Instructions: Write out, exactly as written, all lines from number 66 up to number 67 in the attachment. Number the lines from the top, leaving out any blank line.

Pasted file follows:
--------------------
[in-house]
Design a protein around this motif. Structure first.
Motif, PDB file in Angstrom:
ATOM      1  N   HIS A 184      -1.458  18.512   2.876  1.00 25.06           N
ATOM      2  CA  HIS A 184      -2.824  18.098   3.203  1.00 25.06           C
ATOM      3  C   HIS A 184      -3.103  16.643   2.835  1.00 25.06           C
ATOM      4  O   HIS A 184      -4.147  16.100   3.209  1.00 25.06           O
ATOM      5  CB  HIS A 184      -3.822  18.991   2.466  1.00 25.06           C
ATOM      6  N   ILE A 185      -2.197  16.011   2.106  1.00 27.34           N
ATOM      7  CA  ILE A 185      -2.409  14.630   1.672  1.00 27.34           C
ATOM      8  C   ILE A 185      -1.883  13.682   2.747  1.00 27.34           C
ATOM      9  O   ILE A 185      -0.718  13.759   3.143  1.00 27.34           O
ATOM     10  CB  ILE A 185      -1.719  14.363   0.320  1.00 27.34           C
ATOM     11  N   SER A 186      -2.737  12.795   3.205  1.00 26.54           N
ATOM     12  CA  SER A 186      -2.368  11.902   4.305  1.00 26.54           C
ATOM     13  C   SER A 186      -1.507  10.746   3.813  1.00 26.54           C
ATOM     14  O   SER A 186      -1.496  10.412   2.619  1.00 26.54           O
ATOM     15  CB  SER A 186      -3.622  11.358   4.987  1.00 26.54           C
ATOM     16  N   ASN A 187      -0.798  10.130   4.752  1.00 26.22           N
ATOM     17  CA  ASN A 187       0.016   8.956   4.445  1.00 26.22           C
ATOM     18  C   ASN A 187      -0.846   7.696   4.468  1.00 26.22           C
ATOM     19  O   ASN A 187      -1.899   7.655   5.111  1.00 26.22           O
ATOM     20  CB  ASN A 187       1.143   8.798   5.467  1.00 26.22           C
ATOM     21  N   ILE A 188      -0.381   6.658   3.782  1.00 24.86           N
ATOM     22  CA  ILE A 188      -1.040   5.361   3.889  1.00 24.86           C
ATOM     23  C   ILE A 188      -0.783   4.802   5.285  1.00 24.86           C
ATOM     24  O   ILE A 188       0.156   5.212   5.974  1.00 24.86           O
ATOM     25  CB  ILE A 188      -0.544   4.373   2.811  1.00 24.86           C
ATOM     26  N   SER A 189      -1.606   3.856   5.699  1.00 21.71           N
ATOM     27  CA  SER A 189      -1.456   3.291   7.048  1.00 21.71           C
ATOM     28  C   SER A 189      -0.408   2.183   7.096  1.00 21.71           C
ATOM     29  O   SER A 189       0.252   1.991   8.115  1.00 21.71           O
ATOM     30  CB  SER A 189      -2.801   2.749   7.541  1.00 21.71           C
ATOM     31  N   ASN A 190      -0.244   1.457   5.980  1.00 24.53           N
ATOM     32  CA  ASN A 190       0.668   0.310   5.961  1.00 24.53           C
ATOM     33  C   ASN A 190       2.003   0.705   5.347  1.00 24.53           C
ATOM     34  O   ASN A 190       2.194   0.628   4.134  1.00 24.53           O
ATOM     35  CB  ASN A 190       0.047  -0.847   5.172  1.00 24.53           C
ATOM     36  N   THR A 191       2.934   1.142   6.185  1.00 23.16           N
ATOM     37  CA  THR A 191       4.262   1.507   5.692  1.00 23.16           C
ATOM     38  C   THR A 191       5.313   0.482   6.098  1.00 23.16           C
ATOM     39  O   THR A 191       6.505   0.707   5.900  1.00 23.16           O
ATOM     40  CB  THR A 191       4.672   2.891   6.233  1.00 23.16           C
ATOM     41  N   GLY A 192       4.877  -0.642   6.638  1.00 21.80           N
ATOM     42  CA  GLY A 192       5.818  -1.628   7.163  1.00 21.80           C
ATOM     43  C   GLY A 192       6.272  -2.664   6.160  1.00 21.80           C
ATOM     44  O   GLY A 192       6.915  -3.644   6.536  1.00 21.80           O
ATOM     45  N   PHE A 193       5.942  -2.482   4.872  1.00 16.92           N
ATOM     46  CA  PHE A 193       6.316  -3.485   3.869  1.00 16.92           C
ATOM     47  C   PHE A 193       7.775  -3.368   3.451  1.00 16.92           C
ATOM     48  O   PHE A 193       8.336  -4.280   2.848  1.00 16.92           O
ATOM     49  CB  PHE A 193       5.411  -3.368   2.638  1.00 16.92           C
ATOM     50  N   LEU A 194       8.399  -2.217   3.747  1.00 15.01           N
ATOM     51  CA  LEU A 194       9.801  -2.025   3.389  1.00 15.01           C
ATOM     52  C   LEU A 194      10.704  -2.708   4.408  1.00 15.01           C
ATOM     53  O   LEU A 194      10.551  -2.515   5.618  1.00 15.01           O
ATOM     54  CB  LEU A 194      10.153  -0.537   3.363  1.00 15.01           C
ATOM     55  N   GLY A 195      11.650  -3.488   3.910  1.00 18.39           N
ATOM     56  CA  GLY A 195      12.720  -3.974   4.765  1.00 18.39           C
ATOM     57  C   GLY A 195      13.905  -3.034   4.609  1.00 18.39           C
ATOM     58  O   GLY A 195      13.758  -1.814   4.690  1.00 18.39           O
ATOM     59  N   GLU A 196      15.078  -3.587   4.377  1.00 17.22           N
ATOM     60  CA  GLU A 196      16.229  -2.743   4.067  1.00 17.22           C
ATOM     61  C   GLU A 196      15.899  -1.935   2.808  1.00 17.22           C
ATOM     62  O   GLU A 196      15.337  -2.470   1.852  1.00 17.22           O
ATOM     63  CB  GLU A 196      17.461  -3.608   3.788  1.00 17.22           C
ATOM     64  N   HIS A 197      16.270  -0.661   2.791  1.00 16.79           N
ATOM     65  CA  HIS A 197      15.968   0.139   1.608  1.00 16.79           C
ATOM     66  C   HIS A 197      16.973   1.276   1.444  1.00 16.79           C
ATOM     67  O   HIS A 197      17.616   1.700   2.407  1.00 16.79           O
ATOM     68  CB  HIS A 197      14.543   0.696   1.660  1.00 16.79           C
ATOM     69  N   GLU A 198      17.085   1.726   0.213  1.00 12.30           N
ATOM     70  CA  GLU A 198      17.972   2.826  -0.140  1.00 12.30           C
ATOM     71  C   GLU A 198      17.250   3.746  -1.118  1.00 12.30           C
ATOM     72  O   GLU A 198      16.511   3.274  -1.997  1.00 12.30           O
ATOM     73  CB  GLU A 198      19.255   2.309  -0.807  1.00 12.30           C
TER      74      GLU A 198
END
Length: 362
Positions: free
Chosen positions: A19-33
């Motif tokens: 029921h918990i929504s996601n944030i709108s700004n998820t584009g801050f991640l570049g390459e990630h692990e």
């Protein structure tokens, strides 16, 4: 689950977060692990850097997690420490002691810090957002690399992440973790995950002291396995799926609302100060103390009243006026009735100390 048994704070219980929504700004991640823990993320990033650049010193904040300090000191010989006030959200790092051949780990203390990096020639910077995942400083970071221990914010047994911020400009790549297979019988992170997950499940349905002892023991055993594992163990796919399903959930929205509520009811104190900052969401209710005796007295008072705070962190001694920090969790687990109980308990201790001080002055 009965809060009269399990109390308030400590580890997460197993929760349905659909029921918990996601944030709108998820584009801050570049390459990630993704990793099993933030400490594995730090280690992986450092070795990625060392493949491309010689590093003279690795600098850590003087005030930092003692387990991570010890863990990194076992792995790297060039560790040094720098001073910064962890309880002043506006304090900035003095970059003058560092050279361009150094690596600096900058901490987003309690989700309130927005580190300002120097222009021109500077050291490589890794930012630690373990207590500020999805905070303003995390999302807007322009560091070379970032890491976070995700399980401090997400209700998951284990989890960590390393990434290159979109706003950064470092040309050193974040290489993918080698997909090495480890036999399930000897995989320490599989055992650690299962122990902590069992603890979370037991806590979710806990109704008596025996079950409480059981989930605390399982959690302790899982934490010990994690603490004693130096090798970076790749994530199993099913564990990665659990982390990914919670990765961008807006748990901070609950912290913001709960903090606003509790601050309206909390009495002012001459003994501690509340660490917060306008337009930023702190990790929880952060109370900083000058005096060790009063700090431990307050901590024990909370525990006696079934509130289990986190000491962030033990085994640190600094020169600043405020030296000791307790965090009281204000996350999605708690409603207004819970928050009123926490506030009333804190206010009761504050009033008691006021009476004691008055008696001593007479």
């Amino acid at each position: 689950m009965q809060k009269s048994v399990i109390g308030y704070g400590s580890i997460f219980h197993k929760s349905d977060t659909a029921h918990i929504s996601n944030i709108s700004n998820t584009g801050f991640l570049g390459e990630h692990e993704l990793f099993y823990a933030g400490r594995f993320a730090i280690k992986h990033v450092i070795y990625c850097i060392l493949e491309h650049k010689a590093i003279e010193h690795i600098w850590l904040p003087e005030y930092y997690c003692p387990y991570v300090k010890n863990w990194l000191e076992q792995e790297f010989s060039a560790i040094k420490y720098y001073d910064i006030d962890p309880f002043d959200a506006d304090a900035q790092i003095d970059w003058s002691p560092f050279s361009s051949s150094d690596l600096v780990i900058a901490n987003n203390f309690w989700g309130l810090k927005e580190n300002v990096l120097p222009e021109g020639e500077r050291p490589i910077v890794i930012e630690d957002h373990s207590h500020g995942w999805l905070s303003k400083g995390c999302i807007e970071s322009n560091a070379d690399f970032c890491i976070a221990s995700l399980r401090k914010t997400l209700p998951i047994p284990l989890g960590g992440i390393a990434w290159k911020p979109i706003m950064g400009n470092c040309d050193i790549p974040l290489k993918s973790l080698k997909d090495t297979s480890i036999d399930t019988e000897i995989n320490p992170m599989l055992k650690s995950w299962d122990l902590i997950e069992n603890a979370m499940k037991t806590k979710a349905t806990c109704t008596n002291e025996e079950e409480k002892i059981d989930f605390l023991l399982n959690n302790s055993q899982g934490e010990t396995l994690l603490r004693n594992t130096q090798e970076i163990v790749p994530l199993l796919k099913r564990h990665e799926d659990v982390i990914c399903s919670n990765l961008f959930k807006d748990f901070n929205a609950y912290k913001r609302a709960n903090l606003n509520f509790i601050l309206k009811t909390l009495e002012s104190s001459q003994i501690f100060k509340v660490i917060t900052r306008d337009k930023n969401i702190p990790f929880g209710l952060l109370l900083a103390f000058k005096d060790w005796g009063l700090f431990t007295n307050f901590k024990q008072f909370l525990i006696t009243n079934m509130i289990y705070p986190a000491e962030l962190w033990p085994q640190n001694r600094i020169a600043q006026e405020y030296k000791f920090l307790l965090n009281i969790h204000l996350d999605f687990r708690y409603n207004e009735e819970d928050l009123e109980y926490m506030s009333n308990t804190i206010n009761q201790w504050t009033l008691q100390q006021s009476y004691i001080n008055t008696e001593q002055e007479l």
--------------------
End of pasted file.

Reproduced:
ATOM     63  CB  GLU A 196      17.461  -3.608   3.788  1.00 17.22           C
ATOM     64  N   HIS A 197      16.270  -0.661   2.791  1.00 16.79           N